Examples of Physical Activities for Toddlers and Preschoolers

Toddlers and preschoolers benefit the most from unstructured but closely supervised active play, which can include

  • running

  • hopping

  • skipping

  • jumping

  • tumbling

  • playing catch

  • dancing

  • swimming (eventually your child will need lessons, but in the beginning you can focus on parent-child water play)

  • riding a tricycle and later a bicycle

  • climbing on playground equipment.

Ideas for Family-Focused Activities

Here are some specific activities to do together as a family either indoors or outdoors:

  • Imitate animals such as by waddling like a penguin or hopping like a frog

  • Play a game like “Duck, duck, goose,” “Ring around the rosy,” or “Follow the leader”

  • Jump, hop, skip, or walk backwards outside

  • Face your child, hold hands, and rock back and forth while singing “Row, row, row your boat”

  • Make a bridge using your body and let your child climb over you or crawl under you

  • Play music and dance together

  • Play kickball or T-ball outside

  • Play freeze tag or freeze dance

  • Organize a treasure hunt with items hidden throughout the house or backyard

  • Set up an obstacle course in the house made from pillows, chairs, boxes, and toys

  • Use a soft foam ball to play ball indoors or outdoors, such as catch, kickball, volleyball, basketball, bowling, or soccer.

If your kids are stuck inside the house on a rainy day, here are some more indoor activities you can try.

What Physical Activities Are Toddlers Capable Of?

Many children enjoy the opportunity to be physically active, and some show an interest in sports from a young age. However, this doesn’t mean your child will become a basketball player at 2 years old. Keep in mind that depending on your child’s age, maturity level, and capabilities, certain physical activities may be more appropriate than others. If you’re ever unsure of what’s safe or right for your little one, ask your child’s pediatrician for personalized advice. As a general guideline, the average 3-year-old toddler may be able to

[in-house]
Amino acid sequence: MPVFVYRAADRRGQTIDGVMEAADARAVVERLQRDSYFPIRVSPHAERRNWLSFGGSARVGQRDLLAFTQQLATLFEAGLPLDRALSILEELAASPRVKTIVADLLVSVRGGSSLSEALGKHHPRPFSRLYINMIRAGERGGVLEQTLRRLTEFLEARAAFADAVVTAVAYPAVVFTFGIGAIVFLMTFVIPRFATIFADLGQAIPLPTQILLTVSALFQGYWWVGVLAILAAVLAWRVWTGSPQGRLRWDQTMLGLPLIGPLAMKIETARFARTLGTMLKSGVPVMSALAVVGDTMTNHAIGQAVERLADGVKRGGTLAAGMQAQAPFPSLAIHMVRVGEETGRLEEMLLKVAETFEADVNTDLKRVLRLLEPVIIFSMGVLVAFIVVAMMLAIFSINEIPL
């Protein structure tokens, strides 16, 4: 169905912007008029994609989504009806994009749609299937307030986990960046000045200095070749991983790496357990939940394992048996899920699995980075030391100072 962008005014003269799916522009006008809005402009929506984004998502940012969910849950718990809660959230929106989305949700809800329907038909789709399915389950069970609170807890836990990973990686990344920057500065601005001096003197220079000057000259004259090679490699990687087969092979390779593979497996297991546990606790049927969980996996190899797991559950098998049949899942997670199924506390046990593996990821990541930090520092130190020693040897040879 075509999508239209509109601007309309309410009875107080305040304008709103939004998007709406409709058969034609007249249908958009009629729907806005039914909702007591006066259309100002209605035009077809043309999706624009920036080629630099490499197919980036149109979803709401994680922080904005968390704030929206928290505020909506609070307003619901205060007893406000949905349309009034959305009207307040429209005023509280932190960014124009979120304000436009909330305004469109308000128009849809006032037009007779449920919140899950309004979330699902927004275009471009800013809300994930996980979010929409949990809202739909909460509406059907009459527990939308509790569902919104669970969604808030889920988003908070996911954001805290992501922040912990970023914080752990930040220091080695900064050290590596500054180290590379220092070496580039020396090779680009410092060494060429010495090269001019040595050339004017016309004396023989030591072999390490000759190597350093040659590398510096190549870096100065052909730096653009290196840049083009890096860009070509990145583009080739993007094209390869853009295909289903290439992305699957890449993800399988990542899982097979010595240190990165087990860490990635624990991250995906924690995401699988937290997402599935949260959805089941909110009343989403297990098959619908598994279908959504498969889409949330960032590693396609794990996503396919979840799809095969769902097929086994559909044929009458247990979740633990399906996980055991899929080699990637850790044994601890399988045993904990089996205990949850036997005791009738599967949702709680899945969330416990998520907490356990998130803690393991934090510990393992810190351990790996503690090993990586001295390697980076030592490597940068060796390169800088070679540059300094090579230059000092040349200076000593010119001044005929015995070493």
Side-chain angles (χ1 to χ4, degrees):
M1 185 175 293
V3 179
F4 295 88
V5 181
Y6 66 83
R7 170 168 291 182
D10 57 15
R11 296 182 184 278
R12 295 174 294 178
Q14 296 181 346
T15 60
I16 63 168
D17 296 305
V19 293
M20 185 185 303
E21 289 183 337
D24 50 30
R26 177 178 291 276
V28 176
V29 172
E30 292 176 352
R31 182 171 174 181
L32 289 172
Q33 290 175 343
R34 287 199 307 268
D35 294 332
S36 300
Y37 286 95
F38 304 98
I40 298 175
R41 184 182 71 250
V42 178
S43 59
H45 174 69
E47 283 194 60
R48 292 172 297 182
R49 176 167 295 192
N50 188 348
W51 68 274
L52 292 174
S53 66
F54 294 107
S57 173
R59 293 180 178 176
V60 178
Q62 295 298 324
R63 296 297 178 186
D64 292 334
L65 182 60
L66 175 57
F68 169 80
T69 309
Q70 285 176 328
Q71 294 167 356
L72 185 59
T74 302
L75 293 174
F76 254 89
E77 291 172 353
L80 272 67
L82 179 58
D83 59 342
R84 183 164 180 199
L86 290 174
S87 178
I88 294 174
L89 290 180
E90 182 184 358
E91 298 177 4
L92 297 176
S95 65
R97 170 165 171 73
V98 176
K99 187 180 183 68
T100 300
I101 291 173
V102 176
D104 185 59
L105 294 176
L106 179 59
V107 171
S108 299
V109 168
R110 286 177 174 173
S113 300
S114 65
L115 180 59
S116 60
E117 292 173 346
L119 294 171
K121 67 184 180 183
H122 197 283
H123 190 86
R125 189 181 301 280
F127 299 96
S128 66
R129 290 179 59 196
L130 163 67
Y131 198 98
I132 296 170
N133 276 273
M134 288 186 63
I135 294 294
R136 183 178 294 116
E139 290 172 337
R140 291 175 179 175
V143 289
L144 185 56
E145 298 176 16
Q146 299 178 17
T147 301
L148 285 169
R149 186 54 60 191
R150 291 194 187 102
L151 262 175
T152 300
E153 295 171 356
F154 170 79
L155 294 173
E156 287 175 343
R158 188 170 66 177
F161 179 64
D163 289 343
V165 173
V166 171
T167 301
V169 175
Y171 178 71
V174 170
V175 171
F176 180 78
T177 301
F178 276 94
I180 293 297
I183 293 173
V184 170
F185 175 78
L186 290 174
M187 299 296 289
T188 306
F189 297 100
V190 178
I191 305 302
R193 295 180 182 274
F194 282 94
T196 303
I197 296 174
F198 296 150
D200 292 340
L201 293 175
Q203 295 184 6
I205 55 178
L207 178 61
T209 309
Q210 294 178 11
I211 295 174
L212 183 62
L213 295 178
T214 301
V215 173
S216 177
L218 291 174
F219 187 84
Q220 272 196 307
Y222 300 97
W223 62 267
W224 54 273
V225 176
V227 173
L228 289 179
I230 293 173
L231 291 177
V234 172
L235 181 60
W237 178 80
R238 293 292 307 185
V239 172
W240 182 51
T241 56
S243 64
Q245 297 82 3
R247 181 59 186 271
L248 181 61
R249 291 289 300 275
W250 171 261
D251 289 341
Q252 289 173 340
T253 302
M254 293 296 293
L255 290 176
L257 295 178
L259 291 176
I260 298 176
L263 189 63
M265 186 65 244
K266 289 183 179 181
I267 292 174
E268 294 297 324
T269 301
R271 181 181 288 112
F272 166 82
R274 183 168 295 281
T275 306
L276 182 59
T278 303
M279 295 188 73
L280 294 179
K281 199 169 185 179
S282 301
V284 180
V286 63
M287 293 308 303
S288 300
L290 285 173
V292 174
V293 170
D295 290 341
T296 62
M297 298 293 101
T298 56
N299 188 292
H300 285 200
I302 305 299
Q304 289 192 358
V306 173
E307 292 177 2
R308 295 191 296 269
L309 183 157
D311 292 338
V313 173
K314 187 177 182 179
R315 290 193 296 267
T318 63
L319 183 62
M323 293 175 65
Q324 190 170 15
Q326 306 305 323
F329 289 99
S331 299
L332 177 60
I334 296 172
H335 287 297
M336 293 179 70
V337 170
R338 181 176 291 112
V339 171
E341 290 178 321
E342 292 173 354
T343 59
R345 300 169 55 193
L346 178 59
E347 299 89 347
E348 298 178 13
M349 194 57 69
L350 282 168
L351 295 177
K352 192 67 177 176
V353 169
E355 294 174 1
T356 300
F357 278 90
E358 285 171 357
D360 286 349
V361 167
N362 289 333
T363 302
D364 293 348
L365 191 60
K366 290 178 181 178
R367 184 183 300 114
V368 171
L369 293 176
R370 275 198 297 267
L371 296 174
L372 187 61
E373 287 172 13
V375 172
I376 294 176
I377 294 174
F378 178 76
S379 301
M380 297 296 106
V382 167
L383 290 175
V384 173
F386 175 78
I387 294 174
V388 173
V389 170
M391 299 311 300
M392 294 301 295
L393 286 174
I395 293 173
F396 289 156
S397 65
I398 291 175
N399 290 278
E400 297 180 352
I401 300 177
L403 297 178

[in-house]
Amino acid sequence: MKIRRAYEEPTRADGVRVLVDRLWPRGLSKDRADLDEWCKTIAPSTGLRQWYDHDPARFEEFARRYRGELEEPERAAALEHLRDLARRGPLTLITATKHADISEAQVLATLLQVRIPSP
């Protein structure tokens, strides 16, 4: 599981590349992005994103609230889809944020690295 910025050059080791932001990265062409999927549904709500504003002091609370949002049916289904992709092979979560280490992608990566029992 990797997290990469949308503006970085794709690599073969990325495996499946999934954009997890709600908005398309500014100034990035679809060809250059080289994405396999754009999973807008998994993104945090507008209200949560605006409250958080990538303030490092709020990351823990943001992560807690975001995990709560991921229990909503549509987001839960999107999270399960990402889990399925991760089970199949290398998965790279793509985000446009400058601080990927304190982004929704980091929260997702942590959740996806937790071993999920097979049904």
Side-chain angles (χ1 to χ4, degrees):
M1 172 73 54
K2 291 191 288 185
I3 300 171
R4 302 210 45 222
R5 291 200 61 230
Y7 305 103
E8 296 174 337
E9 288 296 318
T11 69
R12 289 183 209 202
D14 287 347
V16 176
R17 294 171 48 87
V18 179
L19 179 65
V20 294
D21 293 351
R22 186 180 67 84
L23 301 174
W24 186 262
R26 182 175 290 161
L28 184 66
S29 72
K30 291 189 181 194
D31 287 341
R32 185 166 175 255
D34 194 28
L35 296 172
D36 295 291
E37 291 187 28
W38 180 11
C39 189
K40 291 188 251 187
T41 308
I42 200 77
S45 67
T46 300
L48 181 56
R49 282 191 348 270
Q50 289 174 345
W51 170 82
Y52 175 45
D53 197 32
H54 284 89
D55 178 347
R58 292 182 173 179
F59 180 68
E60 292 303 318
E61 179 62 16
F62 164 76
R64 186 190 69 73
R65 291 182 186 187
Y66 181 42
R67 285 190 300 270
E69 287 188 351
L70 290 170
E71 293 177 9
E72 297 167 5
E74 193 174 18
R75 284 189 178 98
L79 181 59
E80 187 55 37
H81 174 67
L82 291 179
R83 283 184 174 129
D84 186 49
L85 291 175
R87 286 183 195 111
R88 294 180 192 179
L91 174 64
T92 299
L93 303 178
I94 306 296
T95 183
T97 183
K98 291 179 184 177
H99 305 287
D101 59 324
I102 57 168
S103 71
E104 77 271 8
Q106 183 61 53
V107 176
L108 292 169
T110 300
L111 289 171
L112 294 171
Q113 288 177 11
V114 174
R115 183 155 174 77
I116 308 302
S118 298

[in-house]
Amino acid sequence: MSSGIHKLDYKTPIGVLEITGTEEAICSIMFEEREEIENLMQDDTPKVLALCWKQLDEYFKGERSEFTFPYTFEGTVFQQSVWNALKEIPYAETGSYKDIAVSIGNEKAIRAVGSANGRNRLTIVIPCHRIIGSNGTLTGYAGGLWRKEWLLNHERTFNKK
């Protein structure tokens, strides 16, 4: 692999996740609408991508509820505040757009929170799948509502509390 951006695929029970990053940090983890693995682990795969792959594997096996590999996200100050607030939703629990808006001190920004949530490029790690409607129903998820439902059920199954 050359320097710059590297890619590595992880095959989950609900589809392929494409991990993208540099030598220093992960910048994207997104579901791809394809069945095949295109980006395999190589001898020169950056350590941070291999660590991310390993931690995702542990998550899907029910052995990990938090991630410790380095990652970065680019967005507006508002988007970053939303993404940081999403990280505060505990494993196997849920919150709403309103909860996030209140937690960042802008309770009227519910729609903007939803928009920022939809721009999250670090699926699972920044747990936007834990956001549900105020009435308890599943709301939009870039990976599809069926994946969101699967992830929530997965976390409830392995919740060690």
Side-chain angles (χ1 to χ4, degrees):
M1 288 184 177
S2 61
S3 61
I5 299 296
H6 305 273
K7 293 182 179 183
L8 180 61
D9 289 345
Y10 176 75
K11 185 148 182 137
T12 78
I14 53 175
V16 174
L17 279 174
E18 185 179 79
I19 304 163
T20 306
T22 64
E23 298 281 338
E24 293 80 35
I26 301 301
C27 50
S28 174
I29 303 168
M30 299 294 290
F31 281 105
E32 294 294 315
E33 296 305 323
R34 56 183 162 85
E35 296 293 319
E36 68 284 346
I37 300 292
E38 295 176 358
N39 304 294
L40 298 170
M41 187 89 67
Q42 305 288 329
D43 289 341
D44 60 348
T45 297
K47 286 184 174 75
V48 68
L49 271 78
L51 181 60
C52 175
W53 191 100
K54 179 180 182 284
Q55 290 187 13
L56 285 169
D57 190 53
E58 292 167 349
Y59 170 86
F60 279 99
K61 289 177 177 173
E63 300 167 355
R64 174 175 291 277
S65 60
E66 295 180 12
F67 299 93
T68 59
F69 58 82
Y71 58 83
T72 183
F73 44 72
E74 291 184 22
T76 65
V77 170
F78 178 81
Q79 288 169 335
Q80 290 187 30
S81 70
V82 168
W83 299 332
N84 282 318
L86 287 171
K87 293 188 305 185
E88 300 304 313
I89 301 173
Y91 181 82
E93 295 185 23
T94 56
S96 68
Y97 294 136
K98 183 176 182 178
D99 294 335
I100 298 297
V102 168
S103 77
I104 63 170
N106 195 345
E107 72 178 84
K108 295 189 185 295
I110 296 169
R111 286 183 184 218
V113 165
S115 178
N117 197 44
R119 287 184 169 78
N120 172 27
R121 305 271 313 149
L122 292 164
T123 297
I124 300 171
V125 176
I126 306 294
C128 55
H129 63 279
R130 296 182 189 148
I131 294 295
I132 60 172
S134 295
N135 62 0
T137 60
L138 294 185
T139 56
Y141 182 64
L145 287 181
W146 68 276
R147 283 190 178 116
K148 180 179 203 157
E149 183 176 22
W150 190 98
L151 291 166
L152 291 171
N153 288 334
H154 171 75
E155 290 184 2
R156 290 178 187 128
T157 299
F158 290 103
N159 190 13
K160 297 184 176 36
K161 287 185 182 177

• walk and run well

  • jump in place

  • balance on one foot

  • catch and throw a ball

  • kick a ball forward

  • pedal a tricycle/bicycle.

Why Sports for Toddlers Aren't Recommended

Children between the ages of 2 and 5 are still learning the basics like throwing, catching, and taking turns. They don’t yet have the basic motor skills needed for organized sports. They’re still working on their coordination and visual skills too. Moreover, competitive sports that have a win or lose concept aren't a good choice for young children, who likely won't be able to grasp that their self-worth isn’t based on the outcome of winning or losing. Plus, understanding and following the rules of competitive sports will still be too difficult for young children. For this reason, during the toddler years, focus on supervised, unstructured active play like running around in your backyard or playing with other children at the local park, as well as some structured play with you, such as playing catch or dancing together, for example. This type of play means your toddler gets to have fun while exercising and developing her skills, and the together time with you also nurtures the parent-child relationship. As your child grows and matures, there will be plenty of time later on for her to develop an interest in organized sports.